The morning after the Massachusetts special election primary, the Republican nominee up for now-Secretary of State John Kerry's Senate seat bucked his party's line on gun reform to embrace background checks on firearm sales.
Republican candidate Gabriel Gomez told The Daily Rundown's Chuck Todd on Wednesday he would have voted for the gun background check bill proposed by Sens. Joe Manchin, D-W.Va., and Pat Toomey, R-Pa., that failed in the Senate last month.
“I am a firm believer in the Second Amendment. And I think I have a pretty unique perspective, having been a SEAL and fired these weapons, and I don't believe we need an assault weapons ban or limit rounds in high capacity magazine,” said Gomez. “We need to focus in on the bill, making sure we have the same background checks.”
Gomez's shift from his party's stance comes as Republicans in the state wirj to recast the race as new vs. old instead of traditional party lines that put them at a disadvantage.
In the heavily left-leaning state, newly-minted Democratic nominee Ed Markey leads as the frontrunner over Gomez. But conservatives see an opening with the young, Hispanic former Navy SEAL as their standard bearer, openly embracing his not just political inexperience over Markey’s more than three decades in Congress, but also emphasizing his departure with the rest of his party from two hot-button issues—background checks and immigration reform.
On immigration, Gomez said he would support the immigration bill proposed by the bipartisan "Gang of Eight" in the Senate that would provide a path to citizenship for some illegal immigrants. Pointing to his heritage, Gomez tied himself to one of the bill’s chief champions and another rising Hispanic star in the party.
“I am with [Florida Sen.] Marco Rubio. I have unique perspective on this as well. I am the first-generation American and my parents came here from Colombia,” said Gomez. “I learned Spanish before I learned English.”
Calling in also to talk to host Chuck Todd, Markey dismissed Gomez’s earlier statements and worked to paint his opponent as in lock step with the GOP – his best strategy to keep hold of Democratic-leaning independents who may give the moderate Republican a second look.
“What Gabriel is saying, is that he does not support a plan on support weapons. He does not support a ban on these magazines with so many bullets in them,” said Markey.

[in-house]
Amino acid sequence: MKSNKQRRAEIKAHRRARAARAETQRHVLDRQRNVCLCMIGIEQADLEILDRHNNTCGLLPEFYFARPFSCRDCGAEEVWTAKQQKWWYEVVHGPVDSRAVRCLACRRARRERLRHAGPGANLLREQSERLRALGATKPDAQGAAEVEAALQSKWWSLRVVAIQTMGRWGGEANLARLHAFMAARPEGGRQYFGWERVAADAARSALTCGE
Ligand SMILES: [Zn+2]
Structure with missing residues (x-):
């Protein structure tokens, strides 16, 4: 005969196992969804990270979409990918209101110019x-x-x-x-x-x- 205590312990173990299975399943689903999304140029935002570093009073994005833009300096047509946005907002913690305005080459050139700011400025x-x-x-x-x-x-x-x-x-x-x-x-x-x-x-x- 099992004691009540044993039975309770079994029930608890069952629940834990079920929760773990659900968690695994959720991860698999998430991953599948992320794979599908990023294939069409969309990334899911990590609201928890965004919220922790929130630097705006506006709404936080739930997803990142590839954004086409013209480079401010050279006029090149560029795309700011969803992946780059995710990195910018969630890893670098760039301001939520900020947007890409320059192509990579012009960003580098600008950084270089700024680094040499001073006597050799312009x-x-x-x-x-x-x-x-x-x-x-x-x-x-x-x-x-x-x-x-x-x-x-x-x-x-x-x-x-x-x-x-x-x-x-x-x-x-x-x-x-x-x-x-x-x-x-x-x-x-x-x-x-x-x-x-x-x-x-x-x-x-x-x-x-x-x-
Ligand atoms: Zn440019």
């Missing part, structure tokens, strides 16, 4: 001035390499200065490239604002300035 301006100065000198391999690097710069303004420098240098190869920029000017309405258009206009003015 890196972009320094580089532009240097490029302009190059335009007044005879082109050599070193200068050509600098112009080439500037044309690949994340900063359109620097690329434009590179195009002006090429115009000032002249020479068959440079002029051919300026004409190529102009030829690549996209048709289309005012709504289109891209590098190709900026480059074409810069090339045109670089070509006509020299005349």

For Democrats, to avoid another embarrassing upset in a special election they must point out Markey’s progressive positions while not falling prey to the same missteps that allowed the energetic, moderate Scott Brown to beat Democrat Martha Coakley in 2010.
Markey immediately attacked his opponent for refusing to sign the “People’s Pledge” – an agreement that would curb outside money and groups wading into the race. “What Gabriel Gomez is saying, is that he is a new kind of Republican but he is saying he is going to accept all of that money,” said Markey. “It is undisclosed. It is unlimited, and it is unseemly to have that kind of outside influence not be known by the voters of the state of Massachusetts as they would be casting their ballots.”
Outside groups Wednesday morning were already indicating they may indeed wade into the race. National Republicans, who already believed Gomez could make this race competitive if he won the primary, are out with a site painting Markey as a relic of Washington, and haven’t ruled out spending in the race.
Democratic outside groups are also taking a look at the contest, and the Democratic Senate Majority PAC sent out a release painting Gomez as “Mitt Romney Jr.”
Gomez, however, happily played up the candidates' age difference in his victory speech Tuesday night. “I want to take you back in time,” Gomez said in his remarks. “The year was 1976; 37 years ago. Gerald Ford was president. Al Gore had not yet invented the Internet… That was a lifetime ago. Me, I was just playing little league baseball. And that was when Ed Markey first got elected to Congress.”
Both candidates each downplayed two controversies that their opponents will surely bring up.
Gomez explained his role as spokesman for a controversial group of military and intelligence officials who accused President Obama of endangering national security by releasing information around the killing of Osama bin Laden, saying the president took too much credit for the successful raid, and his work wasn't in a partisan context.
“I give the president full credit for making the call to send that unit in and they did it phenomenally,” said Gomez. “What I had a major issue with is I think he took too much credit afterwars and secondly, the national security issues raised afterward, people shouldn't have had the information what unit it was, what fact particulars they used, where they were based, et cetera.”
For Markey, charges he spends most of his time in his suburban Maryland home plays right into the picture Republicans want to paint, but he didn’t directly answer the question, saying instead it’s the issues that will matter most.
“I have lived in Malden, Mass., in the same house for 64 years,” said Markey. “This is really a campaign about my Malden values and who I vote for in the state of Massachusetts.”